Early adopters: SOA worth the effort

The concept of a service-oriented architecture has gained momentum as an alternative to traditional enterprise application integration, and early adopters are drawn to it for all the things old-school EAI didn't deliver: flexibility, standard messaging formats, greater asset reuse potential and reduced integration expenses.

Instead of an architecture of independent applications woven together by proprietary message brokers, an SOA is built from software components wrapped with interfaces that use standards such as Simple Object Access Protocol (SOAP) to invoke them.

Also: Part 1 - Service-oriented hype to meet hard realities

The theory behind an SOA is that users can take new and existing components - such as a credit authorization check - and expose them as services without being tied to any specific user interface. These components then can be shared, reused and linked to create composite applications across a network.

However, the simplicity of the concept belies the effort required to make old systems fit into the new architecture. In Part 1 of our series on SOAs, experts pointed out all the work that needs to be done to service-enable applications and networks. Companies have to retrofit existing applications, build new layers of middleware, and devise new management practices and security defenses, for example.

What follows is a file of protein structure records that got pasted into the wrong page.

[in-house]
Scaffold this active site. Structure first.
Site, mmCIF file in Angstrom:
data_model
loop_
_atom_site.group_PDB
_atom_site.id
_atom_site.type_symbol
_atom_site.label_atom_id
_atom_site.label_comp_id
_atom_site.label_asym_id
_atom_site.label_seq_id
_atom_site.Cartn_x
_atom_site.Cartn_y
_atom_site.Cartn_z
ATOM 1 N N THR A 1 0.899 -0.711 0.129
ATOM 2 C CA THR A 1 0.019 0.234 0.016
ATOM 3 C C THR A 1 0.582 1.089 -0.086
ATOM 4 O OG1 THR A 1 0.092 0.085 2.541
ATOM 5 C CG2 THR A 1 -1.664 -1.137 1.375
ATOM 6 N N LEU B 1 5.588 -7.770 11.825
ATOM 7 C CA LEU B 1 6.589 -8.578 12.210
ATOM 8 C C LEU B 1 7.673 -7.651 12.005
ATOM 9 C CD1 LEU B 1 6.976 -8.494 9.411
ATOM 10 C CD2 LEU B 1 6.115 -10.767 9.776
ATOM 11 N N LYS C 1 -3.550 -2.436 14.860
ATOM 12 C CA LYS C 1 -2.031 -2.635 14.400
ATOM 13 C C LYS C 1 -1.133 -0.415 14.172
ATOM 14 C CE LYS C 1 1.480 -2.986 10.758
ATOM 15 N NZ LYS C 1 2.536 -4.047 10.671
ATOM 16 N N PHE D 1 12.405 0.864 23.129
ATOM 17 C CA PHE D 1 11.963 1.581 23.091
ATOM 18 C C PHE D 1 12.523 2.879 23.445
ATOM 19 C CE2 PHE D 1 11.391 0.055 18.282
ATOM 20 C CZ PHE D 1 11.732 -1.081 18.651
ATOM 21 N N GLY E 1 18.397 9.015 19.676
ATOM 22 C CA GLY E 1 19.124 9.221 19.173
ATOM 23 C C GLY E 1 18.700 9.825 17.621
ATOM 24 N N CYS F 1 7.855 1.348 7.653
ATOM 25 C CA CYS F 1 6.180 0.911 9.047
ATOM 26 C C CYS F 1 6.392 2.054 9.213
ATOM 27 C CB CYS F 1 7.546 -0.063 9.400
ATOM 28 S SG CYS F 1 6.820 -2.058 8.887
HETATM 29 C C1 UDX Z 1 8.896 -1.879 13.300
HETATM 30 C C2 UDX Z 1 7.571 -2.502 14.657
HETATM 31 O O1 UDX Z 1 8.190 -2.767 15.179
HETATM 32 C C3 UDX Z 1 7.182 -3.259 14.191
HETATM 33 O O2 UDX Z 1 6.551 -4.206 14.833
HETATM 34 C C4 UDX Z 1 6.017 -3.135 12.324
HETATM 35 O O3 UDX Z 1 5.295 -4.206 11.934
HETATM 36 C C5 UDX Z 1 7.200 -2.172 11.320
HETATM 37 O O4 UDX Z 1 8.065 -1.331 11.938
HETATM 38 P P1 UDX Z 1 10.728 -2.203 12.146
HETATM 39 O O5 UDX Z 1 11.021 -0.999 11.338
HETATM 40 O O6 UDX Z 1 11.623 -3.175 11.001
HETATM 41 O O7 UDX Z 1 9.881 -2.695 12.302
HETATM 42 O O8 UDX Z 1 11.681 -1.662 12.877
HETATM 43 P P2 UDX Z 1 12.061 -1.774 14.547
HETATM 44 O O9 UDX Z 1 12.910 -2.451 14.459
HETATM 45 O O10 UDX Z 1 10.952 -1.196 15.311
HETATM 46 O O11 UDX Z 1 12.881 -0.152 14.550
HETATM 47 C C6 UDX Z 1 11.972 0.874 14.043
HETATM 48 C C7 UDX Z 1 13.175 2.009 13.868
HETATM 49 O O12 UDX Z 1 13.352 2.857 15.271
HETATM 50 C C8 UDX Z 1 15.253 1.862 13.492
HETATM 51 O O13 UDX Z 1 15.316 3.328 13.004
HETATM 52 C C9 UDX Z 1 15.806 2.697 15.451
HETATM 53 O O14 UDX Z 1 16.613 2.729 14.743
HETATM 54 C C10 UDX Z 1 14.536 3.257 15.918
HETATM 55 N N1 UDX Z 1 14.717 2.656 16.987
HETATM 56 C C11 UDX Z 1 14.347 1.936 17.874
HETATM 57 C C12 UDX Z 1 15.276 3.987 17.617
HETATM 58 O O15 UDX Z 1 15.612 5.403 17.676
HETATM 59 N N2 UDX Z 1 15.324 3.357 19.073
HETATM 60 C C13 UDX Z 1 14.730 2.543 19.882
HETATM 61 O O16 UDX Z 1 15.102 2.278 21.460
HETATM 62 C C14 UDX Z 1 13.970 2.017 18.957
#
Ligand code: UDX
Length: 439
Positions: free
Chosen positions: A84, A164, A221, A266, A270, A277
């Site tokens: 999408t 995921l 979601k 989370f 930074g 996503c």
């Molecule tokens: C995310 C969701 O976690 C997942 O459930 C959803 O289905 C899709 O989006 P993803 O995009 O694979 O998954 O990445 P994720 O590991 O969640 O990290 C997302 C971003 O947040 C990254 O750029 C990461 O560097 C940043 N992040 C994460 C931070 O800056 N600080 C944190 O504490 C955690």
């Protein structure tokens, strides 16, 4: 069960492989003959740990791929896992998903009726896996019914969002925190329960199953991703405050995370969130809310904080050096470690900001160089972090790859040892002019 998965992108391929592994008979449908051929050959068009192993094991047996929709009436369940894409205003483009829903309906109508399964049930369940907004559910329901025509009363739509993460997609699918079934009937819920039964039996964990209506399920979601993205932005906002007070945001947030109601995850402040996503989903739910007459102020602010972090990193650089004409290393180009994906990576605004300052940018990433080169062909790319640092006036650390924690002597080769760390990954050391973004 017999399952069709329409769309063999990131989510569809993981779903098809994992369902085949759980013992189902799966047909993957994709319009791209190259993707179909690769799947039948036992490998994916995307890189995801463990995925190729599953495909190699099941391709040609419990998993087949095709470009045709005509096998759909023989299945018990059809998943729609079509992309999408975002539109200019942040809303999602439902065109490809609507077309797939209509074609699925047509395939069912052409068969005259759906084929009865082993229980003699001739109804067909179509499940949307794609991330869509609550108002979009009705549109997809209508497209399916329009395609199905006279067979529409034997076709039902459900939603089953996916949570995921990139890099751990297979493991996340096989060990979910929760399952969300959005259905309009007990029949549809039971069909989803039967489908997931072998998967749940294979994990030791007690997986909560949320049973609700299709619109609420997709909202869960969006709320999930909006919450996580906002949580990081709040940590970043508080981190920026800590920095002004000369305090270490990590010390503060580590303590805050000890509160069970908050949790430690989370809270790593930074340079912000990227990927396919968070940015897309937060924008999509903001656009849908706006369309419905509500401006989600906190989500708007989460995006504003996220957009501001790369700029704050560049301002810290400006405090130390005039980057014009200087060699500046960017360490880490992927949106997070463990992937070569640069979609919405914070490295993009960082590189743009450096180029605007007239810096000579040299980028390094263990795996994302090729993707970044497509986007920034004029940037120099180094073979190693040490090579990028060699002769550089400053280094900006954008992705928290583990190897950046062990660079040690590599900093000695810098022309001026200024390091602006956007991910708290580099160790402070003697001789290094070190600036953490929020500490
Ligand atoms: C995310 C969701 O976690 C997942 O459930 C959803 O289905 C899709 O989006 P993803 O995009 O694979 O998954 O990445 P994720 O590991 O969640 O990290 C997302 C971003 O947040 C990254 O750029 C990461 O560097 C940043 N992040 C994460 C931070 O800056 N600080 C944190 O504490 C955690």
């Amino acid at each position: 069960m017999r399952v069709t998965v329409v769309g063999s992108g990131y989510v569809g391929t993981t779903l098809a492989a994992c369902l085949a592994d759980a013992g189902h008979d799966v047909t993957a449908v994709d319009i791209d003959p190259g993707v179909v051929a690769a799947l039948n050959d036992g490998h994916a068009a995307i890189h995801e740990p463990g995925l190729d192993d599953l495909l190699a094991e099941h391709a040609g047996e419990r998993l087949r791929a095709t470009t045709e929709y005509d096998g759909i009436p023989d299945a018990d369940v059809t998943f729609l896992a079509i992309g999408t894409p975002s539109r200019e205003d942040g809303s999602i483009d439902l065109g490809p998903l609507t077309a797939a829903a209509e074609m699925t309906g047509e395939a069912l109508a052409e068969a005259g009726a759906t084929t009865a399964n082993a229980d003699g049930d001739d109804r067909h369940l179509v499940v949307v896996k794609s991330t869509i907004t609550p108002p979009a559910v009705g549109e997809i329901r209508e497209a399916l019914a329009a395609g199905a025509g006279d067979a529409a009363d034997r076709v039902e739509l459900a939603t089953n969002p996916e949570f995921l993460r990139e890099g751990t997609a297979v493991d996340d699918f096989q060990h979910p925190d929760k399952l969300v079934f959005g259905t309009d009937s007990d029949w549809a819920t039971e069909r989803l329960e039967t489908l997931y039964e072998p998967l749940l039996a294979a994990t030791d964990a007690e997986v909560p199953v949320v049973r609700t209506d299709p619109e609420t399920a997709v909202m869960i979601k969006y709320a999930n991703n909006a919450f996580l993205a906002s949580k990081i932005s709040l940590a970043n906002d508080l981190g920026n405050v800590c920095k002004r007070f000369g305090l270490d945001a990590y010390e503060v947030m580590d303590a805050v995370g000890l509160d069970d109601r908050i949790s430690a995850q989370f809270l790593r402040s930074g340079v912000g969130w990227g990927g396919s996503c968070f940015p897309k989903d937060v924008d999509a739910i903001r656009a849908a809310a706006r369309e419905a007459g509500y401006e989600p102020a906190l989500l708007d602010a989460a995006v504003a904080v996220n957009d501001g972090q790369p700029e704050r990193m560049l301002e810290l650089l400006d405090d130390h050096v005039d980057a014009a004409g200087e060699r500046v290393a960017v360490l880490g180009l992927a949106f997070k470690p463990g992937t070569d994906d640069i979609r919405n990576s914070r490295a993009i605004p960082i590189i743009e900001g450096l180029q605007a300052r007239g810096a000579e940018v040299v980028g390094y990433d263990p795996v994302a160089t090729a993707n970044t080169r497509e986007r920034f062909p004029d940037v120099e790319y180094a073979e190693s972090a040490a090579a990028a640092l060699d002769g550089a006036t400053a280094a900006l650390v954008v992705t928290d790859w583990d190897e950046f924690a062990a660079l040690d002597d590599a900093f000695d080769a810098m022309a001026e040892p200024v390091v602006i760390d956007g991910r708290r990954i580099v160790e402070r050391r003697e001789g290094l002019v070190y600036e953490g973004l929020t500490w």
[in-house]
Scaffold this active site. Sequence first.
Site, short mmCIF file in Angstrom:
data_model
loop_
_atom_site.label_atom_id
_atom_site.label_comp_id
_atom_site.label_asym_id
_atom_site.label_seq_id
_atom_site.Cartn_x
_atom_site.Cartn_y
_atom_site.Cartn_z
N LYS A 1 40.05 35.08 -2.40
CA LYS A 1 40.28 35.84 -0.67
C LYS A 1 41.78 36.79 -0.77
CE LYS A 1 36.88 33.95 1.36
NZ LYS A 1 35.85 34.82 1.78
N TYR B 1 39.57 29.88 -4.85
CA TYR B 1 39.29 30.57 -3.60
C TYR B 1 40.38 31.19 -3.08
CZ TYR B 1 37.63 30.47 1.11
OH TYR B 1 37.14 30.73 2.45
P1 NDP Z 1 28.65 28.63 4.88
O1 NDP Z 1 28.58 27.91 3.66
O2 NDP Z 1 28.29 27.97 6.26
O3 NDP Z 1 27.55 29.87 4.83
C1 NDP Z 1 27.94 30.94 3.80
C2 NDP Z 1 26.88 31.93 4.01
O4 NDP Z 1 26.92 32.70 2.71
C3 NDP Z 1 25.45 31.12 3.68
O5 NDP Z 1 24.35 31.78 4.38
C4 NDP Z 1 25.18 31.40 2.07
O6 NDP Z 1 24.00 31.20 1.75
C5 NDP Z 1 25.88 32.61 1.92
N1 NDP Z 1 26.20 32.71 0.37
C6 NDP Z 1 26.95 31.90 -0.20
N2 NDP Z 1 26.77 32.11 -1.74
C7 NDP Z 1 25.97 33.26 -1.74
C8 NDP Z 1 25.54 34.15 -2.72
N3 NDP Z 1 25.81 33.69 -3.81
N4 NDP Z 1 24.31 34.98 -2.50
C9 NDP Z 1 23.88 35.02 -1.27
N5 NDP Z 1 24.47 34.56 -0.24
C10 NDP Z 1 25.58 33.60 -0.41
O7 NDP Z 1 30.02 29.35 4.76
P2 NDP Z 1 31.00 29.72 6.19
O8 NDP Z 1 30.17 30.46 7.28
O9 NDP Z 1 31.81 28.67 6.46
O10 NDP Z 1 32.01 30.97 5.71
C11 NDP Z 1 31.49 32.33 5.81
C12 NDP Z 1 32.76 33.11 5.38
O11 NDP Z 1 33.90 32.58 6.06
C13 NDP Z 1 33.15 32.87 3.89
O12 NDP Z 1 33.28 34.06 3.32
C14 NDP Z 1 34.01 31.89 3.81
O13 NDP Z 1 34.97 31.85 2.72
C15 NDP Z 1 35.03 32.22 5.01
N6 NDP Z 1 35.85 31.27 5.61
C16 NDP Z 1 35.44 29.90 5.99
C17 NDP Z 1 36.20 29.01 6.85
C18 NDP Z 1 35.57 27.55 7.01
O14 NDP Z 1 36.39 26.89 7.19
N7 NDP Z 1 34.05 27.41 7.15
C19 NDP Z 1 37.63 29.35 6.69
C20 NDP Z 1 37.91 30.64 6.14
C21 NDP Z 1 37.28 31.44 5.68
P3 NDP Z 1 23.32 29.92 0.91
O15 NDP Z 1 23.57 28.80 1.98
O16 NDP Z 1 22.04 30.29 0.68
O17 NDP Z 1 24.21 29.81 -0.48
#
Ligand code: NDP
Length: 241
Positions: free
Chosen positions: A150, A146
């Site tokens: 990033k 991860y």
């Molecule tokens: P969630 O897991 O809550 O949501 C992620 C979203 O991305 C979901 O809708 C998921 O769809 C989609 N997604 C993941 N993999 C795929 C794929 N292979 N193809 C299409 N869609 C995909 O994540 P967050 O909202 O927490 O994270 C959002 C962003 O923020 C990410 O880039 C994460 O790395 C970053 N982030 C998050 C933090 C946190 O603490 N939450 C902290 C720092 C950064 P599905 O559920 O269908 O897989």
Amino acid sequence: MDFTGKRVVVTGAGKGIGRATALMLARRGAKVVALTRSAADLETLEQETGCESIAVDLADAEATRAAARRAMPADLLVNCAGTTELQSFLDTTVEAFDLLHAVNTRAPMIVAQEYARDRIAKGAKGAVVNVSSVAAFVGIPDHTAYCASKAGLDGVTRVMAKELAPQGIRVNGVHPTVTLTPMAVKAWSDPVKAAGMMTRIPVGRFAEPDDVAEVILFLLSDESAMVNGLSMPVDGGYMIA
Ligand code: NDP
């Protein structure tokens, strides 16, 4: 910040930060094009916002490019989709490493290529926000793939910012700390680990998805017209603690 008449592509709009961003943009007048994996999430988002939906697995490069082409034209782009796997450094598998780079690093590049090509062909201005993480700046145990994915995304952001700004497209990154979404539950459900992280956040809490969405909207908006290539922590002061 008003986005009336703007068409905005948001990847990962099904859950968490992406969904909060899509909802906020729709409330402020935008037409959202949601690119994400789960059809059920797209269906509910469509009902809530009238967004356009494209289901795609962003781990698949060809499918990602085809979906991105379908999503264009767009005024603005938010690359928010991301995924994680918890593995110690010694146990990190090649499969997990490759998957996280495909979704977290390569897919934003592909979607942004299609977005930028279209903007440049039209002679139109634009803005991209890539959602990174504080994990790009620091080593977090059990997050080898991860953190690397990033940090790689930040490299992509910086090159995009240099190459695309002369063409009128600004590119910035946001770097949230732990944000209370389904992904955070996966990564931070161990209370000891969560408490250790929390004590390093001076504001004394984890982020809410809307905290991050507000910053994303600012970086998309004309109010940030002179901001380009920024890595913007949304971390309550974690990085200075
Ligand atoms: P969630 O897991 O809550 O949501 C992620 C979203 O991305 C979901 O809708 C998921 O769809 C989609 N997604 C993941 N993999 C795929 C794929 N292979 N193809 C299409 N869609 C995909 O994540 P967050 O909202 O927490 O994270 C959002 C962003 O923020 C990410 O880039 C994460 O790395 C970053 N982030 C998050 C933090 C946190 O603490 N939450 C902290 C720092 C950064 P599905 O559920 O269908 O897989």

Among the early adopter sect, companies have decided it's worth the effort it takes to migrate to an SOA-based infrastructure, one project at a time. Along the way, some have found SOA paybacks with reusable services to accelerate and lower the cost of development processes.

The Hartford Financial Services Group, for example, no longer thinks about overhauling monolithic application code, such as a relic from 1997, its Single Entry Multiple Carrier Interface (SEMCI) application. SEMCI lets agents enter data once and broadcast it to multiple carriers searching for a quote.

"If we wanted to make improvements we had to consider changes to the entire application," says Ben Moreland, manager of application infrastructure delivery for the Connecticut insurance and financial services provider. That left the SEMCI application near its breaking point.

To preserve the SEMCI application, a team of nearly three dozen architects rebuilt it by creating a series of Web services that tap into back-end legacy systems. As part of the work, the group also created a reference architecture that would become a foundation for the company's entire Property and Casualty business.

"We put in the [SEMCI] budget a management platform that could be used across the enterprise," Moreland says. On its heels followed a Universal Description, Discovery and Integration (UDDI) registry, and systems for orchestration, and publish and subscribe.

Those pieces set the SOA foundation, which The Hartford continues to develop.